The Color Thesaurus: Re-blogged

The Color Thesaurus. Having read this post, it reminded me of my mother-in-law, Margaret, who thought she knew everything about colour. In fact she was a very talented lady, but her knowledge was natural instinct. She liked to experiment and in the 1950s, she thought she’d like a feature wall of dark grey. Her patient husband, Eric, tried to advise her that it would be rather dark, but she insisted he paint the wall.

In the morning they came down stairs to what Eric, a sea Captain, said, ‘We’ve got the bloody HMAS Melbourne drawn up alongside!’ From then on it was called Battle Ship Grey. Margaret relented and the wall was repainted a more moderate colour.

Eric, who was a tease, sent Margaret to get the colour for the front door, and told her it was ย Wagon Wheel Blue. She had the men in the paint shop diving for cover, as they knew what a pedantic woman she was. She asked for Wagon Wheel Blue, and they said there was no such colour. ‘Oh yes there is, my husband told me!’ Eventually it was discovered that the colour she wanted was Wagon Blue, with a few alterations. She came home furious with Eric, but happy to have the deep blue that she so admired. It did look magnificent on their stable door.

Nicholas C. Rossis:154a3005593869205e9ed5fff2f11849

An awesome resource for all authors!
Originally posted on Ingrid’s Notes:e62157e3a75409d6a20b06633d9042cb

I love to collect words. Making word lists can help to find the voice of my story, dig into the emotion of a scene, or create variety.

One of my on-going word collections is of colors. I love to stop in the paint section of a hardware store and find new names for red or white or yellow. Having a variety of color names at my fingertips helps me to create specificity in my writing. I can paint a more evocative image in my readerโ€™s mind if I describe a characterโ€™s hair as the color of rust or carrot-squash, rather than red.

So for fun, I created this color thesaurus for your reference. Of course, there are plenty more color names in the world, so, this is just to get you started.

Fill your stories with a rainbow of images!

 

whitetan_revisedyelloworange_revisedredpink_revisedpurple_revisedbluegreen-1brown-1greyblack

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18 thoughts on “The Color Thesaurus: Re-blogged

  1. Outlier Babe

    Barbara, I think this post is so interesting and helpful! I wish I’d had it in my classroom–I had done a mini (very mini) version of it to encourage my English learners to expand their vocabulary, as well as to incorporate Art lessons, but this is so much more compact and accessible : )

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    1. bkpyett Post author

      O.Babe, you are right, these charts are so colourful and would make wonderful teaching aids. I am a retired art teacher, so no longer have the need. I just admire their intensity. Was interested in your advice o Martha. I agree with choosing a lighter shade, especially in a small room. Love the sound of your Aqua towels! ๐Ÿ˜ƒ

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  2. Martha Kennedy

    My little house has a really ugly — and tiny! — bathroom and I know paint would help — like the rest of the house, the walls are a shade of beige (a tint of “tortilla”). The trim around the doors is true white. The doors are tiger oak. It’s pretty and very livable in its cheerful neutrality. But the bathroom is just ugly. The color “sky” looks pretty but like Mrs. Raven, I’m scared.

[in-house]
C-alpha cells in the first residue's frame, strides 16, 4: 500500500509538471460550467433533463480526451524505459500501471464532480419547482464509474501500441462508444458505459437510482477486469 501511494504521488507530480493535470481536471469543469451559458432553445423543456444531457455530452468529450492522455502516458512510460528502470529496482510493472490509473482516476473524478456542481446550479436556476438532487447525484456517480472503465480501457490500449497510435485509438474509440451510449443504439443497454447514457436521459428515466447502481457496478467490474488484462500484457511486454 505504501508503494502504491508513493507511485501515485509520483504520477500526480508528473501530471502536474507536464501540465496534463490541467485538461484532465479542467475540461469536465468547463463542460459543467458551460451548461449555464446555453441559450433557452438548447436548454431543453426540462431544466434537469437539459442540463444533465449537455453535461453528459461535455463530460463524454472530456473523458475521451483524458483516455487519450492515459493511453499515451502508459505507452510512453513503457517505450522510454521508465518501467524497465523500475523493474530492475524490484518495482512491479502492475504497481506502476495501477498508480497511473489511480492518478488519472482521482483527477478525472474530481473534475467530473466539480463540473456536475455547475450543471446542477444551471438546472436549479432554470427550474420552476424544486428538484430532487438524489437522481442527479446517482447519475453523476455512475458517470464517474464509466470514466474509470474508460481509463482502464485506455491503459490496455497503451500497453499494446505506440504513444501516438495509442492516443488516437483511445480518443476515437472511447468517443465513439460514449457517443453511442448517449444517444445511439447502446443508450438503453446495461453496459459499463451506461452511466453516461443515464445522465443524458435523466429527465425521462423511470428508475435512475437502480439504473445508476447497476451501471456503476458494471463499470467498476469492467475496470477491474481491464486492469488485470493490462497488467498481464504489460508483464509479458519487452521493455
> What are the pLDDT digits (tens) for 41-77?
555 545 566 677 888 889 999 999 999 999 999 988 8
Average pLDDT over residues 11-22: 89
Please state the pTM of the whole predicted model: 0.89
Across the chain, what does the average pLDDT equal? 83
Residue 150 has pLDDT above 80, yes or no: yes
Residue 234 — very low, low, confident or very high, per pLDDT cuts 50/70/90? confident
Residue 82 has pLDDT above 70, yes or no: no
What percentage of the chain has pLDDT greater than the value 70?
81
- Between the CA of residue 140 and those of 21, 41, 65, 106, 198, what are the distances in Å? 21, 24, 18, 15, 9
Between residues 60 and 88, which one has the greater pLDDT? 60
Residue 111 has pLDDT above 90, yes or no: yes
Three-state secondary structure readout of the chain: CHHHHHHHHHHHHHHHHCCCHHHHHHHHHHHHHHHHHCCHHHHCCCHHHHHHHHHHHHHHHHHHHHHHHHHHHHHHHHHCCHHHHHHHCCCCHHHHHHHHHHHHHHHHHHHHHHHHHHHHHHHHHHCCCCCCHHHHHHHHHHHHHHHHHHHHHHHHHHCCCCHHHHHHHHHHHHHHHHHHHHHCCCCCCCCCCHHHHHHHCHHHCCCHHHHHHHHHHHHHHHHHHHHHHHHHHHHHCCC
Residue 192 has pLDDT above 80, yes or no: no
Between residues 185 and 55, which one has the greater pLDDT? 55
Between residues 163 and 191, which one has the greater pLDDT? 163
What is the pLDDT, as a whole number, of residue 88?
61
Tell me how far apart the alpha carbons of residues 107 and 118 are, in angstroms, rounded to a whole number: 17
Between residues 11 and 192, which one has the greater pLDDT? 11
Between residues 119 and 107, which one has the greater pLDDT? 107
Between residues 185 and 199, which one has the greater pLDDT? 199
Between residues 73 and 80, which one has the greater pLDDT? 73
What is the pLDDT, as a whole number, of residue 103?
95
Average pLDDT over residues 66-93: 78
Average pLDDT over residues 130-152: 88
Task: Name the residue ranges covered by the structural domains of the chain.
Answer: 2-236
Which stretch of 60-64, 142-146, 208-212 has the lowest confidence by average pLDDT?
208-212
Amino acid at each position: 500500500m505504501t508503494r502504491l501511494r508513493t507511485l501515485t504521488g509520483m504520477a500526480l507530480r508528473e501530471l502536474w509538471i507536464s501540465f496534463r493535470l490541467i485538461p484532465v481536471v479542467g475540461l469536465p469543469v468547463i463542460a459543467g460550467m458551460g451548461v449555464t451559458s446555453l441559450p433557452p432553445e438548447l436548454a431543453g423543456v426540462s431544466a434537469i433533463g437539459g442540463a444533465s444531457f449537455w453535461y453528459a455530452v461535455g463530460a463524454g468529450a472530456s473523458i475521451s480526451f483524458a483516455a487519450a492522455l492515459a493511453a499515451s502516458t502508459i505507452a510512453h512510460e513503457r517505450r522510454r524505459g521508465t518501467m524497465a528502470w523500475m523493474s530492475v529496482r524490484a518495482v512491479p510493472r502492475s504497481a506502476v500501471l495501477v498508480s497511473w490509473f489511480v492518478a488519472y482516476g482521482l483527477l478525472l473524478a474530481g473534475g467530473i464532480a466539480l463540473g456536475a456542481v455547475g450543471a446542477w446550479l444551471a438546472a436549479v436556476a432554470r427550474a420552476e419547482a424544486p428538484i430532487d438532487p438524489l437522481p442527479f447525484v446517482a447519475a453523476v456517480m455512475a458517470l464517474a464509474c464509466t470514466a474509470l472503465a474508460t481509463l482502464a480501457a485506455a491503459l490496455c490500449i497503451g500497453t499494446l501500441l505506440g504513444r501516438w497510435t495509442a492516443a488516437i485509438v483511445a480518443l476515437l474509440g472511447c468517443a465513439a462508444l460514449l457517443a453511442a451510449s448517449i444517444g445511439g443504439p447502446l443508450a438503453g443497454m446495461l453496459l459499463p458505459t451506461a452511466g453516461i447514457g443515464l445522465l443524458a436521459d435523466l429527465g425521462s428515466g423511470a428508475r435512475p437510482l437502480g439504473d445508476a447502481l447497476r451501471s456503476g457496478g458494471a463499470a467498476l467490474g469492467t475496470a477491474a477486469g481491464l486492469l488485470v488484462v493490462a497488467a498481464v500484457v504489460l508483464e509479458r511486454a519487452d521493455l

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    1. bkpyett Post author

      Martha, at least in a very small room, you can trial a colour and not waste too much paint!
      Of course it depends on tiles and other colours already there. Great fun too, if you have the energy! ๐Ÿ™‚

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      1. bkpyett Post author

        Shall enjoy hearing what you finally decide Martha. When we moved into this house, I was determined to change things. We did change the paint, and had the wild colours neutralised to an off white, and the living room to a warm light ochre colour. But the tiles remain… and I’d really love to change them, but will probably learn to live with them. At least they are clean and in good order, but if ever I had the opportunity, I’d change them. Sometimes one has to ask, what is important?

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    2. Outlier Babe

      Hi, Martha,

      Unasked-for buttinski here:

      Past and current owner of two teensy-weensy bathrooms.

      Whatever color you choose, think even lighter or paler, for it will overwhelm otherwise. I have now a mint blue–almost a “toothpaste” color–that is so pale you wouldn’t see it on a large wall in a brightly-lit room–but in your face, on all four walls of a tiny bath, the color, and room, is lovely. It opens out that otherwise tight feeling–esp. with very pale appliances and linens. I have aqua towels, pale beige–almost ivory–vanity and toilet lid, white sink.

      With tiger oak, the same scheme would work, or very–very–pale creme tangerine on the lower half and complementary creme-white on the top (this half-half trick is great for teensy rooms. You just add a bit of trim to divide ’em.)

      Good luck!

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    1. bkpyett Post author

      Colour is such an emotive thing. I guess fossil is a greyed colour? Sometimes it is worth buying a small container to trial the colour! Good luck, we shall look forward to hearing on the outcome Susan! ๐Ÿ™‚

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